Now I know this stuff doesn't make big headlines, like Shaq's retirement. But I'll post the complete Washington interviews anyway for readers who might want more detail and context from the conversations.
I am interested in collecting a range of opinions about democracy programs, from supporters, critics, experts and others.
The U.S. Agency for International Development manages the democracy programs in Cuba. So when I went to Washington, a top priority was to talk to someone from USAID or the State Department, which oversees the agency.
State Department ground rules for the media list four kinds of interviews:
- On the Record: Information may be quoted directly and attributed to the official by name and title.
- On Background: The official's remarks may be quoted directly or paraphrased and are attributed to a "State Department official" or "Administration official," as determined by the official.
- On Deep Background: The source cannot be quoted or identified in any manner, not even as "an unnamed source." The information is usually couched in such phrases as "it is understood that" or "it has been learned." The information may be used to help present the story or to gain a better understanding of the subject, but the knowledge is that of the reporter, not the source. No information provided may be used in the story. The information is only for the reporter's background knowledge.
- Off the Record: Nothing of what the journalist is told may be used in the story. The information is meant only for the education of the reporter.
The May 12 Herald story (see here or download PDF) was about democracy programs in Cuba and quoted Phil Peters, author of the Cuban Triangle blog, and Marc Wachtenheim, the former Cuba program director for the Pan American Development Fund. The story also mentioned the Cuba Money Project, a website I created to track the programs and follow the democracy movement.
|Cuba Money Project|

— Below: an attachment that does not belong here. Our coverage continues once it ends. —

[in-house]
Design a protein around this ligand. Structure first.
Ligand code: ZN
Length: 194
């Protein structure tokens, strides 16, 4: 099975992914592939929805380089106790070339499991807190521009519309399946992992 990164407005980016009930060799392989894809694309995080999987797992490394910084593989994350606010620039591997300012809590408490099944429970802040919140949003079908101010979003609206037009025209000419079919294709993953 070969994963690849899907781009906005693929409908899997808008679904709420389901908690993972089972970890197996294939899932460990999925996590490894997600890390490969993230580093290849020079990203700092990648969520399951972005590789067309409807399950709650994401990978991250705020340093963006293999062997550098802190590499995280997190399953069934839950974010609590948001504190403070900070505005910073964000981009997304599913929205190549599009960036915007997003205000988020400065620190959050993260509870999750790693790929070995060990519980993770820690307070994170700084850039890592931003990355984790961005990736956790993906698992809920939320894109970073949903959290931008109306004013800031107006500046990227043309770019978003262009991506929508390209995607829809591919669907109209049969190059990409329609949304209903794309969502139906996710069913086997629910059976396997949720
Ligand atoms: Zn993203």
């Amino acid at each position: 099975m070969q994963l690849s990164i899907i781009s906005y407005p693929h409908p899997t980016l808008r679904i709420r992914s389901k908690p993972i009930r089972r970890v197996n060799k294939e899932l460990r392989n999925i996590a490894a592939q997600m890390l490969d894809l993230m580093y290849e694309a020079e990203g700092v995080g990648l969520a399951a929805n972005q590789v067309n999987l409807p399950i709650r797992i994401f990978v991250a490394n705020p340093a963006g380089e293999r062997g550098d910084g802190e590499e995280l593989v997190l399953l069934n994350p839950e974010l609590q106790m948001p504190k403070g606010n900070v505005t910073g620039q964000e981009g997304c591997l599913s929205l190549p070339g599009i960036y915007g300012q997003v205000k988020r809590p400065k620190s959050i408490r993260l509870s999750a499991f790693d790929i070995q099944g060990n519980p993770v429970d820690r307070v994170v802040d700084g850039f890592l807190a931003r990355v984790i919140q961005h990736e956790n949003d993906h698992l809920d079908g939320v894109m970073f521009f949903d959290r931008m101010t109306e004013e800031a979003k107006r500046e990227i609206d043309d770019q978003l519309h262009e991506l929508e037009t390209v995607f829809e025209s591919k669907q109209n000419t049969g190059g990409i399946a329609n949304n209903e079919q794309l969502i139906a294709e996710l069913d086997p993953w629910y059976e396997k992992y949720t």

I don't fault USAID, of course, and told the agency that I welcome any future conversations, even on background.
Other sources - including Peter Hakim, president emeritus and senior fellow of the Inter-American Dialogue; Mauricio Claver-Carone, a board member of the U.S.-Cuba Democracy PAC and editor of Capitol Hill Cubans; and Frank Calzon, executive director of the Center for a Free Cuba - all agreed to talk on the record. I will post all those interviews in the coming days.
See the interview with Frank Calzon on the Cuba Money Project's Vimeo channel.
While in Washington, I also spoke with three sources on background. They spoke on condition of anonymity and so I cannot identify them, but I believe they provide information that helps contribute to a greater understanding of democracy programs in Cuba.
And over the next week or so, I will post additional interviews with sources in Cuba, including Reinaldo Taladrid, a Cuban journalist and Castro government supporter who appears frequently on state-run television; and Jean-Guy Allard, a prolific Canadian journalist who writes for the pro-government CubaDebate website.
Versailles restaurant along Calle Ocho.
And whether it's Miami, Washington or Havana, I will do my best to report people's views accurately and in an even-handed way.